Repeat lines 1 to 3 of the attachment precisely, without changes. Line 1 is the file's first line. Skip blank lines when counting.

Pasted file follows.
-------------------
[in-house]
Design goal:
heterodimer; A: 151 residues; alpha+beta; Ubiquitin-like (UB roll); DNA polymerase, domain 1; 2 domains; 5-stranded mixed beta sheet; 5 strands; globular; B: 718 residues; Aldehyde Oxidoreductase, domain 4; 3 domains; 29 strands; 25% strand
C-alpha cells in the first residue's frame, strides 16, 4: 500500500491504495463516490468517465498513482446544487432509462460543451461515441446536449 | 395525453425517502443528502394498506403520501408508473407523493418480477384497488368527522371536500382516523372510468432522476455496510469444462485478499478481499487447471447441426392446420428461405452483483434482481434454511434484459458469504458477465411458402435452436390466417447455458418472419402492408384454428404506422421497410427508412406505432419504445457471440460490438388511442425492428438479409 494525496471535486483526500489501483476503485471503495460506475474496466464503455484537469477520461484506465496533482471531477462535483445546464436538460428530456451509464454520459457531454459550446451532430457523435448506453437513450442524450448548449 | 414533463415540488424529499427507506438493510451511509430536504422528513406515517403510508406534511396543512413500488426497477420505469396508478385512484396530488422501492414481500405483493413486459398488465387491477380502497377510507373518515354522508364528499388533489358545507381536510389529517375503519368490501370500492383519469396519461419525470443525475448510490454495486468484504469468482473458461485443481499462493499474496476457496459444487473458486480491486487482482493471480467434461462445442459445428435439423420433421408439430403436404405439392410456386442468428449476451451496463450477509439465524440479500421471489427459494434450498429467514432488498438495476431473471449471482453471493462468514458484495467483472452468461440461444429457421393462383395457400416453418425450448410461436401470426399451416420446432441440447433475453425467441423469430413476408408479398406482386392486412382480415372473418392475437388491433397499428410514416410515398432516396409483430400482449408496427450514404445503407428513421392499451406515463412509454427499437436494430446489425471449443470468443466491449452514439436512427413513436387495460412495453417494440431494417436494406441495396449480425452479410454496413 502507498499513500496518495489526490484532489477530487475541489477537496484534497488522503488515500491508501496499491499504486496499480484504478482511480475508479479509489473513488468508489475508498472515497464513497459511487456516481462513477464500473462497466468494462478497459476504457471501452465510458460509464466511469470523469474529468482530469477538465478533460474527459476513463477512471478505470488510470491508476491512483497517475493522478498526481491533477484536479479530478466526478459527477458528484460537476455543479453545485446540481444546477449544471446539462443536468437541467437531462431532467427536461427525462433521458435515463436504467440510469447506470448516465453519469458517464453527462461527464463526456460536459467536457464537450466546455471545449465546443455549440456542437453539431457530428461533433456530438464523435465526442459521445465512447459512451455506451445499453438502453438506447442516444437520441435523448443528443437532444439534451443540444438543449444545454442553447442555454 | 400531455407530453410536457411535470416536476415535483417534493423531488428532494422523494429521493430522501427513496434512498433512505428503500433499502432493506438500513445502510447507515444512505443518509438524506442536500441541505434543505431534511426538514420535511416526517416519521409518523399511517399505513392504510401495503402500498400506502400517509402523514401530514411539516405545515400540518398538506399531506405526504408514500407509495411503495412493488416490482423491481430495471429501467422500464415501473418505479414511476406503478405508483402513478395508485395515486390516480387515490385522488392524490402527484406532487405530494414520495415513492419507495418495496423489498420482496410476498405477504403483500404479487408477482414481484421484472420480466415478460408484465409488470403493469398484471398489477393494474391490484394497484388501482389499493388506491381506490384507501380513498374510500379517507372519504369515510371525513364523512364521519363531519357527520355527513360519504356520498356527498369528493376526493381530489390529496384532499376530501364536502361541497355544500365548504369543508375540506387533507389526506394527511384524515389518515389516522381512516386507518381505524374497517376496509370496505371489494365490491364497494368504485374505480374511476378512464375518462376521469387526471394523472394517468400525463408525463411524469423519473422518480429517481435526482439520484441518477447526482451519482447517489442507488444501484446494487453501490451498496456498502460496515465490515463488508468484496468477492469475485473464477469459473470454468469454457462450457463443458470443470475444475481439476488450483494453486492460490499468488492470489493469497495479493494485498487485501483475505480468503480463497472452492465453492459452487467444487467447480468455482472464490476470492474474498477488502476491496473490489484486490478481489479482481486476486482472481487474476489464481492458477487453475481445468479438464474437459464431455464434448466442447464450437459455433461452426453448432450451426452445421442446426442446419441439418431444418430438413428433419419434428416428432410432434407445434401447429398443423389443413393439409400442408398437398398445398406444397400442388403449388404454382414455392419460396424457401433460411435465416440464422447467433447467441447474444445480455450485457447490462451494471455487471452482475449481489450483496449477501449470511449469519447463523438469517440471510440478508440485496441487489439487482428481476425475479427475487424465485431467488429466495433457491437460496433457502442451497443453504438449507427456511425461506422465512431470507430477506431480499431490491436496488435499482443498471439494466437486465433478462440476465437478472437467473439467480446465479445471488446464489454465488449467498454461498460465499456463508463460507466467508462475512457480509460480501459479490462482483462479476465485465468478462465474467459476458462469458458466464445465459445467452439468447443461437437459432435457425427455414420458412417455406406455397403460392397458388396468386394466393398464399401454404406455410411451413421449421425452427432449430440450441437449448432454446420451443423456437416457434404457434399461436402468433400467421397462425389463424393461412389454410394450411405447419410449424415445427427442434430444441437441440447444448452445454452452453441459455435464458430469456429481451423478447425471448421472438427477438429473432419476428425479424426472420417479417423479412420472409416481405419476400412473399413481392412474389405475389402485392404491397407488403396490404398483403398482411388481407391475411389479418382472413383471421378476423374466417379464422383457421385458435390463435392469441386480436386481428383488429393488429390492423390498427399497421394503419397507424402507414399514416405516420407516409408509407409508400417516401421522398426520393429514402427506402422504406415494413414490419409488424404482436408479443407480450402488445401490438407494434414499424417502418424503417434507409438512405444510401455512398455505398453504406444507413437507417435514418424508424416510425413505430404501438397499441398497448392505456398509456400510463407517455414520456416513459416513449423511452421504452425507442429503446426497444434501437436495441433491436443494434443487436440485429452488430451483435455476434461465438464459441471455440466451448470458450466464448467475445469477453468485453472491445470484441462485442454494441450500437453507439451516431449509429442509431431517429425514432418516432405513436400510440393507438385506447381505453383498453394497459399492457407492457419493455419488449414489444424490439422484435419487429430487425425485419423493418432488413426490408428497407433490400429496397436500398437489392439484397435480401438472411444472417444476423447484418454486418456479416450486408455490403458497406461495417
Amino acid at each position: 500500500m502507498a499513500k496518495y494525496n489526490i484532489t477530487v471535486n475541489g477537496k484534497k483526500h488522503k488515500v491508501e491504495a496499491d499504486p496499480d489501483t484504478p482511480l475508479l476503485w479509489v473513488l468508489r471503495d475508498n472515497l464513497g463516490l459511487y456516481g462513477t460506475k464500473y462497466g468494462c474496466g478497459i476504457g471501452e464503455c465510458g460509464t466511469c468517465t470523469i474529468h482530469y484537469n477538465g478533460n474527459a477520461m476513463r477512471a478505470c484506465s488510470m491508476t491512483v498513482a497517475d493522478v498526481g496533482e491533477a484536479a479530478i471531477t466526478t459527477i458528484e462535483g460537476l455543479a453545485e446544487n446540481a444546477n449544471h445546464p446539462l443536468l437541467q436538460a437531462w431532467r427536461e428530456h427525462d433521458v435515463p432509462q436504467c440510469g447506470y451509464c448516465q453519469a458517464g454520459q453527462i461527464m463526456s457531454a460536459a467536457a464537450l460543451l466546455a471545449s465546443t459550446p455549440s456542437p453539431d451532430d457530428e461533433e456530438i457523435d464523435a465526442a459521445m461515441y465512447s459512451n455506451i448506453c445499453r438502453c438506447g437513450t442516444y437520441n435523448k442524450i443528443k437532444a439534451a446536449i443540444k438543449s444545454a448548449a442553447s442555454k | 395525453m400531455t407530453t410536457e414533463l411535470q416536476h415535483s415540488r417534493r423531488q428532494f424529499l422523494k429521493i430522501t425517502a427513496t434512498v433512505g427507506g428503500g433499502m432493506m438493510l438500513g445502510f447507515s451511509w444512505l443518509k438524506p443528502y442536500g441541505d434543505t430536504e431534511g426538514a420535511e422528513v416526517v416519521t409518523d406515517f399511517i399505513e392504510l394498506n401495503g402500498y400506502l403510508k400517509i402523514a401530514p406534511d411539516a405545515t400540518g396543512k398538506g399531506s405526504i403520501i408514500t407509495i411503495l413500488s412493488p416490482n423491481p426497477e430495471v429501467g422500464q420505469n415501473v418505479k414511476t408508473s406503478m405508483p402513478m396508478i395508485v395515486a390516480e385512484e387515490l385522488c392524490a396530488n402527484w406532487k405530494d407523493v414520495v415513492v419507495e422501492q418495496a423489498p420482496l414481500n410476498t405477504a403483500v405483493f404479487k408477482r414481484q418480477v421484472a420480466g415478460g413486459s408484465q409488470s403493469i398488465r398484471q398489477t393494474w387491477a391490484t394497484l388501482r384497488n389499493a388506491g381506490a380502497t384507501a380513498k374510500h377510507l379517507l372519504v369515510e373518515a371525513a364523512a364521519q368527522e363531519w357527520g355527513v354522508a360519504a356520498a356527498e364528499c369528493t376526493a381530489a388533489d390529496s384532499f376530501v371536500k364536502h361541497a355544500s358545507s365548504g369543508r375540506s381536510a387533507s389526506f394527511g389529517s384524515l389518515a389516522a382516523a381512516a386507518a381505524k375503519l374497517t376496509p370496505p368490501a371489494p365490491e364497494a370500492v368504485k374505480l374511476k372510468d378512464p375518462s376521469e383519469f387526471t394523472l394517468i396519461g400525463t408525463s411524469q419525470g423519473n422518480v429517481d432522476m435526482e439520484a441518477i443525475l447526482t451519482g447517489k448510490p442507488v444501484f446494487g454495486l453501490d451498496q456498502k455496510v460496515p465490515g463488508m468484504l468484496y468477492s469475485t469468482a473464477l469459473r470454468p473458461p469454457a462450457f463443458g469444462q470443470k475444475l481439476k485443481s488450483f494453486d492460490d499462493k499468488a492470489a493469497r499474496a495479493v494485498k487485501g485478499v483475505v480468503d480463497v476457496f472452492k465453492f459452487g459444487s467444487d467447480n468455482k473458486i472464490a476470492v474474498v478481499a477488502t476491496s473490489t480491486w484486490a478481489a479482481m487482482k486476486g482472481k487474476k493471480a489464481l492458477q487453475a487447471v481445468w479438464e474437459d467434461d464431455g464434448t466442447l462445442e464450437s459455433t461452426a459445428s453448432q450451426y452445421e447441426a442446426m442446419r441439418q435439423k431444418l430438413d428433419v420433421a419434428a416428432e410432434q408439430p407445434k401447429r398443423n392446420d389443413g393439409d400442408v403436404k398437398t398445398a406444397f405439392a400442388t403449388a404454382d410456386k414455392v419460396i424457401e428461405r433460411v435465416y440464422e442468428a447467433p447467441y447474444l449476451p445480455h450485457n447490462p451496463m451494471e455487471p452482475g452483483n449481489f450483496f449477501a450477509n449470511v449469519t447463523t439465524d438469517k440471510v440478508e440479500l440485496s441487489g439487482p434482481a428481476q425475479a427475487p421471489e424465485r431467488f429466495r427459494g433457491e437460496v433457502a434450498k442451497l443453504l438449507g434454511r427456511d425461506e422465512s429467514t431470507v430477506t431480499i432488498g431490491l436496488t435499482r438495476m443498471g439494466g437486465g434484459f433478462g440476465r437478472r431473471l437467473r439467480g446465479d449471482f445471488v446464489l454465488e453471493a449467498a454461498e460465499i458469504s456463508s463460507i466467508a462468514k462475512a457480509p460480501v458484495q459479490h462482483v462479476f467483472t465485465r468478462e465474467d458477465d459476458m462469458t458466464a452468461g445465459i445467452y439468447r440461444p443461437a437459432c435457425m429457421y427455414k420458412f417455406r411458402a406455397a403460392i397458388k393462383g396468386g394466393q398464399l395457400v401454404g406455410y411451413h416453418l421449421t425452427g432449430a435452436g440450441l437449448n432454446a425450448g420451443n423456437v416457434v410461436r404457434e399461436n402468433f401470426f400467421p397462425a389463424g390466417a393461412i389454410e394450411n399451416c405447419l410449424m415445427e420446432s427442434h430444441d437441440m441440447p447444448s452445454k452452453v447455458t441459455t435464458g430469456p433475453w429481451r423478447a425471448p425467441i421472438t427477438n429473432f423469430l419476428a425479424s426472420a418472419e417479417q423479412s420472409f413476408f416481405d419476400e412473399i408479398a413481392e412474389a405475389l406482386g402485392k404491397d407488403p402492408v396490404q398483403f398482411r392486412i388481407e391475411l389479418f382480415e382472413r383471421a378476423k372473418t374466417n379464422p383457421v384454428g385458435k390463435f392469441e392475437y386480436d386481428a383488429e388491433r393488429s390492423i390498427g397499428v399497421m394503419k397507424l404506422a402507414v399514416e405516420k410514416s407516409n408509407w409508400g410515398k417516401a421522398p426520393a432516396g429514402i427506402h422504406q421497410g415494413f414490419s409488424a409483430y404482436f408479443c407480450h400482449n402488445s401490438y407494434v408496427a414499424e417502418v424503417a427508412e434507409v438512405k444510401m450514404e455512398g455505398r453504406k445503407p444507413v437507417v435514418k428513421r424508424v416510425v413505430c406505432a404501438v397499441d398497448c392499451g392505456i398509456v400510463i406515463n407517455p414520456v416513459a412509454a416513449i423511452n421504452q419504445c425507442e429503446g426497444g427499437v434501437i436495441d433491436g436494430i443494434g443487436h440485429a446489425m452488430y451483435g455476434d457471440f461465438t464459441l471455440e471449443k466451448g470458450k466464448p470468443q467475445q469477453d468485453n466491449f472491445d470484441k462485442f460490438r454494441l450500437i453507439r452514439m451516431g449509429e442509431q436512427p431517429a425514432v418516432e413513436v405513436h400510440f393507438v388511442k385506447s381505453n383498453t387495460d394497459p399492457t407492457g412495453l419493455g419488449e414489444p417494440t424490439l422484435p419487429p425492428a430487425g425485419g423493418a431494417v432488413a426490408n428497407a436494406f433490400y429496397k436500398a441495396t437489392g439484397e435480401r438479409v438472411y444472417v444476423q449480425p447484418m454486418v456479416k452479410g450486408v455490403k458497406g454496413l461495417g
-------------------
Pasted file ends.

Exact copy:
[in-house]
Design goal:
heterodimer; A: 151 residues; alpha+beta; Ubiquitin-like (UB roll); DNA polymerase, domain 1; 2 domains; 5-stranded mixed beta sheet; 5 strands; globular; B: 718 residues; Aldehyde Oxidoreductase, domain 4; 3 domains; 29 strands; 25% strand